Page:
You might be expecting me to move on to The Thing next, but that won’t be the case. Much like with Halloween, I love that horror classic a lot and, as I mentioned above, watched it not too long ago. I find its best to not overdo it when it comes to favorite horror movies because they can lose some of their power if you’re TOO familiar with them. I think it’s also safe to say that I don’t have much in the way of unique thoughts on the masterpiece of stranded, paranoid beauty he created there (plus I wrote about it a bit back in 2011). That means I’ll be moving on to Christine in the near future!

Chuck Norris Double Feature: The Octagon (1980) & Code Of Silence (1985)

the octagon2008-12-29
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Hope everyone had a great Christmas, Hanukkah, etc.

I’ve got to be honest, the last thing I saw Chuck Norris in was a series Karate Kommandoes clips I was watching on YouTube a few months ago. Before that it would be Dodge Ball (great cameo), then Walker Texas Ranger episodes and before that, Sidekicks. So, I don’t really have a lot of experience with his more action-oriented flicks. I’ve got to say, I’m none too impressed with my double feature of The Octagon and Code of Silence. So, here goes

Let me start by telling you all that it took me FOUR DAYS TO WATCH THIS MOVIE. Which is to say that it’s not the most thrilling of films. It’s also close to incoherent as you’re never really sure who Chuck’s character really is. He seems to be a law enforcement agent of some kind, but, as far as I can remember, it’s never directly stated what kind. From there we get all kinds of ninja attacks (did American audiences not know what ninjas were pre-1980?) that look close to slow motion and Chuck talking to himself in this weird, annoying echoy internal monologue.

This really is a lame movie. Please don’t watch it unless you’re in a room full of your friends with a few dozen beers each. In that case, it would be a grand viewing experience, otherwise, it might take you four days to watch it. That’s about 20 minutes a night I’ll never get back, sigh…

code of silence posterLuckily, Code of Silence was much better, though not really all that good in and of itself. It’s good in the sense that it’s a crazy, 80s action movie with a remote control tank of sorts as back up! The basic idea is that Chuck’s a good cop who doesn’t like how all the other cops are covering for this old cop who shot a kid in cold blood. His friend’s kid also gets kidnapped, so Chuck’s going after her, but he can’t get any help from his fellow officers. So, he’s got to go after the bad guys on his own (with the aforementioned tank-thing). There’s a pretty cool scene where Chuck holds his own in a bar full of attackers until a dude throws a pool ball at the back of his head. There’s not much past that as far as the martial arts go, but the last scene with Chuck and the tank going after the bad guys is classic 80s action (what more would you expect from the guy who directed Above the Law, Under Siege¬†and The Fugitive). COS is way better than Octagon, though it’s nowhere near the martial arts extravaganza I was hoping for. Also, in the plus column is that Dennis Farina co-stars as a wounded cop (love that guy).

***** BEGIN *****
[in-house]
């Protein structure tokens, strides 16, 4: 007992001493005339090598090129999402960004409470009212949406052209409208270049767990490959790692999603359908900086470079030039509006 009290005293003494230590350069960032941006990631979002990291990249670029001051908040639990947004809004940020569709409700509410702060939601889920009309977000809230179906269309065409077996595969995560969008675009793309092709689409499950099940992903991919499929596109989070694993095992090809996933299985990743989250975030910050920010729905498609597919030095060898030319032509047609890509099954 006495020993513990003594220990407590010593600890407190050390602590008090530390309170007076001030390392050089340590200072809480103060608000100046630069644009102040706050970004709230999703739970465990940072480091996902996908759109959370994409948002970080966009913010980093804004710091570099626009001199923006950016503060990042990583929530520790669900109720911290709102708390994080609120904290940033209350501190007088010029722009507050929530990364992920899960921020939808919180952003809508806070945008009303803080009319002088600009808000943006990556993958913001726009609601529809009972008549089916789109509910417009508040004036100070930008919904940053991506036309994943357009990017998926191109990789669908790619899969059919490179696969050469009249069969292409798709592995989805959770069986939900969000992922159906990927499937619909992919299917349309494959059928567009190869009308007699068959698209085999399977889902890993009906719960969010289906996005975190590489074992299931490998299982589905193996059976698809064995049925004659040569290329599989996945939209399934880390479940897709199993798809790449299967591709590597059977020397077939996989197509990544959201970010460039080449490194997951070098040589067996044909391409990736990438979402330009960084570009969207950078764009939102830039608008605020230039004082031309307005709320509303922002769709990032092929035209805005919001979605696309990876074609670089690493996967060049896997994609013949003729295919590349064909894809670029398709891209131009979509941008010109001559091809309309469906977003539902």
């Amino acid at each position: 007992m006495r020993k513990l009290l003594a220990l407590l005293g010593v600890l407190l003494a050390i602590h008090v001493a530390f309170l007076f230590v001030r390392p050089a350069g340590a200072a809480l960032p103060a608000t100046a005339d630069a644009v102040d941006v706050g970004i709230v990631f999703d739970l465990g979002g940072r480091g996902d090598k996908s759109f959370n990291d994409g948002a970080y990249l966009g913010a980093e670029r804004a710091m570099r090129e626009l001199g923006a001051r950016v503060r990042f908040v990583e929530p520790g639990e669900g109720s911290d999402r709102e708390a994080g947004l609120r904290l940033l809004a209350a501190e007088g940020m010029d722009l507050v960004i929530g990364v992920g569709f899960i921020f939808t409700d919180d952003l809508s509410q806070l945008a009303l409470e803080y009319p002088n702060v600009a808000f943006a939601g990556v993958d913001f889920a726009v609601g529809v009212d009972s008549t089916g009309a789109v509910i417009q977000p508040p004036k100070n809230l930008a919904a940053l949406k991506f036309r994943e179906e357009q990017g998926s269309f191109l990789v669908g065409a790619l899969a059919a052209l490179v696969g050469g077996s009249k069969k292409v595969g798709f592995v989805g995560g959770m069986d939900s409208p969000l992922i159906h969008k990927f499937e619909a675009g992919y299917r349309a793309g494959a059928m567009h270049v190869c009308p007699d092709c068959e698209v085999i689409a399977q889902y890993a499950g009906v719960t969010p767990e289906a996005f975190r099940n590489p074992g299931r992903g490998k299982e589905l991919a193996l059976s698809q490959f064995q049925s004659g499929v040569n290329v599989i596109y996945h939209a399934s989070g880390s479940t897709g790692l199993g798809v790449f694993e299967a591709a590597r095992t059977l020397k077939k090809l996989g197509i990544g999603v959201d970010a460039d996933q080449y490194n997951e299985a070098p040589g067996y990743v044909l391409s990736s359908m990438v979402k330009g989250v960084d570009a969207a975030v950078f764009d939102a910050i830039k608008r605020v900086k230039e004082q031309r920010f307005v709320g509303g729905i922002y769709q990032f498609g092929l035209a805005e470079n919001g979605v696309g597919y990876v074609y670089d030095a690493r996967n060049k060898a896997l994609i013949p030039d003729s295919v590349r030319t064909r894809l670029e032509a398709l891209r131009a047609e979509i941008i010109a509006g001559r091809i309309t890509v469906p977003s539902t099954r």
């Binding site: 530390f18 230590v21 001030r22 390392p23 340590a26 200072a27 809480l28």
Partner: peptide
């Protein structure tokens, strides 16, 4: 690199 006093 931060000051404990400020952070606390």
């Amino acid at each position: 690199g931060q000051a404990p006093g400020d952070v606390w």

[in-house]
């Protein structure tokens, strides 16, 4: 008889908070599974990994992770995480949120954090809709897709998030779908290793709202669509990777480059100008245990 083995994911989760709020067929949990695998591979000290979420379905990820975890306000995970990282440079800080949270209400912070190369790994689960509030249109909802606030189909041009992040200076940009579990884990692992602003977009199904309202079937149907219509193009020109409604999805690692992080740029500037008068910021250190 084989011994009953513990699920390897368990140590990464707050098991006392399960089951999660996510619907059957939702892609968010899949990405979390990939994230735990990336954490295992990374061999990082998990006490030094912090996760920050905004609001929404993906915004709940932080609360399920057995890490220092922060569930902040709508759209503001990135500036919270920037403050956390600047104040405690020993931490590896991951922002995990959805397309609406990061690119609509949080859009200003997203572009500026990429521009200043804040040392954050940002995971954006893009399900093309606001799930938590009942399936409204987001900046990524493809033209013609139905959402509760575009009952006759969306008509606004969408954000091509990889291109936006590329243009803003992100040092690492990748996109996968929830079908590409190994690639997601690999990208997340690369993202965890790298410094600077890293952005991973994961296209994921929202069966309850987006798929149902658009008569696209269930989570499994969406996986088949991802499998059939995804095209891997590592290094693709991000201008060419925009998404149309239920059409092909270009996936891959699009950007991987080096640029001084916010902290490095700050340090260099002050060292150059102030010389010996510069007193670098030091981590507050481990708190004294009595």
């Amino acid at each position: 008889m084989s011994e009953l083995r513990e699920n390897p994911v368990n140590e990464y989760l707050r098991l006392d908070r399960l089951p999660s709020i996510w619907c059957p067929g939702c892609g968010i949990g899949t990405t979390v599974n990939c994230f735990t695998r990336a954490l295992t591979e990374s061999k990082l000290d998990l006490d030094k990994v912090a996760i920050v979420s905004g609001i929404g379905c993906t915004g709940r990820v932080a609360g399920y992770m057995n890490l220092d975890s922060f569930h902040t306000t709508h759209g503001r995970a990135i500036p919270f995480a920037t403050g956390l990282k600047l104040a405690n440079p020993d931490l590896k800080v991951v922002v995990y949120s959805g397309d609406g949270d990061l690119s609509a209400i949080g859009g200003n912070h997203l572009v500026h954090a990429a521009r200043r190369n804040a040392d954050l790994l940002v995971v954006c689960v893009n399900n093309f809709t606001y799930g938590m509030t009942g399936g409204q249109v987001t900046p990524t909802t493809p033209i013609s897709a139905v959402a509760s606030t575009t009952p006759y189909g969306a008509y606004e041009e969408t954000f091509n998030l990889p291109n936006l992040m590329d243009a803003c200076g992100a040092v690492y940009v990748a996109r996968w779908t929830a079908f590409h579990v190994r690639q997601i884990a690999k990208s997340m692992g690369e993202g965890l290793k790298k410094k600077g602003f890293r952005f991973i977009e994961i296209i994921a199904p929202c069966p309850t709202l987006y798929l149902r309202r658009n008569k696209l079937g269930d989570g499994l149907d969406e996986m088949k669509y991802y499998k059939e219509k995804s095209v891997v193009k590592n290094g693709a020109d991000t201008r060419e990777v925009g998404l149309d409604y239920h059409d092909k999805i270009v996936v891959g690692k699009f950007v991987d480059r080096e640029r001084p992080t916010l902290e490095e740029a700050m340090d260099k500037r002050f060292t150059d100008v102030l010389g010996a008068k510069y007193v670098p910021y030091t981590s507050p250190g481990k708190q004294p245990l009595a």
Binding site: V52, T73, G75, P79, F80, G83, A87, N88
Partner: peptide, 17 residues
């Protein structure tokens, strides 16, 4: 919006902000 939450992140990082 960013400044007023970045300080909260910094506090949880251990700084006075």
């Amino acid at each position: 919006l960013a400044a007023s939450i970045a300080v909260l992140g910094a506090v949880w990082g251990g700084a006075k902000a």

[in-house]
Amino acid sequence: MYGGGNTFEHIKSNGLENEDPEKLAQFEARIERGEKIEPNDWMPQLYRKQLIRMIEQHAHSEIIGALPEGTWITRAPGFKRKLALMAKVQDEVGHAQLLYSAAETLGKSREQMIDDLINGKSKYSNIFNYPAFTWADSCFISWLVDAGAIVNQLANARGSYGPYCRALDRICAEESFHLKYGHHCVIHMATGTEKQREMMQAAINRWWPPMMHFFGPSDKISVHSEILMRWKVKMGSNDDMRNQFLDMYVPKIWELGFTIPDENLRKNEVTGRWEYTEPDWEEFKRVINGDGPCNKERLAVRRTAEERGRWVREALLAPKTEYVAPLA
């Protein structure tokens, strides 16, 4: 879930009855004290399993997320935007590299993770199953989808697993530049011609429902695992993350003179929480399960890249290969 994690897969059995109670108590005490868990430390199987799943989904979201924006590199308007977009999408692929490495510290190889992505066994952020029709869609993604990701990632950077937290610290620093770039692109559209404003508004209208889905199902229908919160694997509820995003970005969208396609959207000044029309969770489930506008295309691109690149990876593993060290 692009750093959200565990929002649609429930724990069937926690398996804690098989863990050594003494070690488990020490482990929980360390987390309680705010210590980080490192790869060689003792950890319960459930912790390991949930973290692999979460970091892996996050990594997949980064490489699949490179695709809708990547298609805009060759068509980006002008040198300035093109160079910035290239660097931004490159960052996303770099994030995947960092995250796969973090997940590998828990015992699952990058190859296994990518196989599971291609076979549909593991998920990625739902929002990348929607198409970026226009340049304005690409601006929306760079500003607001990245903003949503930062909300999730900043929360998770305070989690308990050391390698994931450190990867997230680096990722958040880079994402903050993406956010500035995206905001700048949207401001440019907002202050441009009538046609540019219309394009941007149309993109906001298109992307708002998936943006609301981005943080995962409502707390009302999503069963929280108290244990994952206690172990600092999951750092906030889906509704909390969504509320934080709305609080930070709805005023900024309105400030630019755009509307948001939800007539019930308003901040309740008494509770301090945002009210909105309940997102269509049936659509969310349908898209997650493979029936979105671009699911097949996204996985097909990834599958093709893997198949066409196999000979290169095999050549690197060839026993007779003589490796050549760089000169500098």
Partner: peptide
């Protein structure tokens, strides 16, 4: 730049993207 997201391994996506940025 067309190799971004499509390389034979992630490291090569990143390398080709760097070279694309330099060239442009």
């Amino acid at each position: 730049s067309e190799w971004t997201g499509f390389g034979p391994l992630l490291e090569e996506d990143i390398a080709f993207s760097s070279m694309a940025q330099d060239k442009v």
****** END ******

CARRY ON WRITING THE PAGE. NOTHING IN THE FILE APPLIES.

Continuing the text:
Well, there’s not much else to say about these movies. Neither is awesome, even by action movie standards. I was pretty shocked by how slow the fight scenes in Octagon felt. I mean, I didn’t expect him to be kneeing people in the face Tony Jaa-style, but even the penultimate fight between him and the masked ninja felt more like a fight from Double Dragon for the NES than one featuring Bruce Lee’s sparring partner. Well, at least I didn’t buy these movies and I can always watch Chuch fight Bruce Lee in Enter the Dragon (it’s Way of the Dragon) yeah, that’s what I meant (then why did you say Enter the Dragon?).